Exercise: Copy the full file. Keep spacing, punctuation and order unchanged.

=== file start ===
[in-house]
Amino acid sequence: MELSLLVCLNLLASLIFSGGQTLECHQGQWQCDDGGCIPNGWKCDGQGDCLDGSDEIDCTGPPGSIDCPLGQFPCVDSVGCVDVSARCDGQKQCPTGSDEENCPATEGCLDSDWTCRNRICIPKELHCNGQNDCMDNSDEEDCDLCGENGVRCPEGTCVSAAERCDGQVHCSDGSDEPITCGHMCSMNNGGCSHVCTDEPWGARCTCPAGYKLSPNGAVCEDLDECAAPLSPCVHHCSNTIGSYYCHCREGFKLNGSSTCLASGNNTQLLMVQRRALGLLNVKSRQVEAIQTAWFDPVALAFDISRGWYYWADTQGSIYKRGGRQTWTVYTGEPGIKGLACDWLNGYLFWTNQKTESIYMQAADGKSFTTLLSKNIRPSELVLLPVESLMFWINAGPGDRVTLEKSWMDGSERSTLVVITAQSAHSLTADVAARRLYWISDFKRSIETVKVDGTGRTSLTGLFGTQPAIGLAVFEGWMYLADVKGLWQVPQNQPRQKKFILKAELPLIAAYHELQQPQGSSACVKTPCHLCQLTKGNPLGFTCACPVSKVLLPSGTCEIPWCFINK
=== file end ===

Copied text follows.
[in-house]
Amino acid sequence: MELSLLVCLNLLASLIFSGGQTLECHQGQWQCDDGGCIPNGWKCDGQGDCLDGSDEIDCTGPPGSIDCPLGQFPCVDSVGCVDVSARCDGQKQCPTGSDEENCPATEGCLDSDWTCRNRICIPKELHCNGQNDCMDNSDEEDCDLCGENGVRCPEGTCVSAAERCDGQVHCSDGSDEPITCGHMCSMNNGGCSHVCTDEPWGARCTCPAGYKLSPNGAVCEDLDECAAPLSPCVHHCSNTIGSYYCHCREGFKLNGSSTCLASGNNTQLLMVQRRALGLLNVKSRQVEAIQTAWFDPVALAFDISRGWYYWADTQGSIYKRGGRQTWTVYTGEPGIKGLACDWLNGYLFWTNQKTESIYMQAADGKSFTTLLSKNIRPSELVLLPVESLMFWINAGPGDRVTLEKSWMDGSERSTLVVITAQSAHSLTADVAARRLYWISDFKRSIETVKVDGTGRTSLTGLFGTQPAIGLAVFEGWMYLADVKGLWQVPQNQPRQKKFILKAELPLIAAYHELQQPQGSSACVKTPCHLCQLTKGNPLGFTCACPVSKVLLPSGTCEIPWCFINK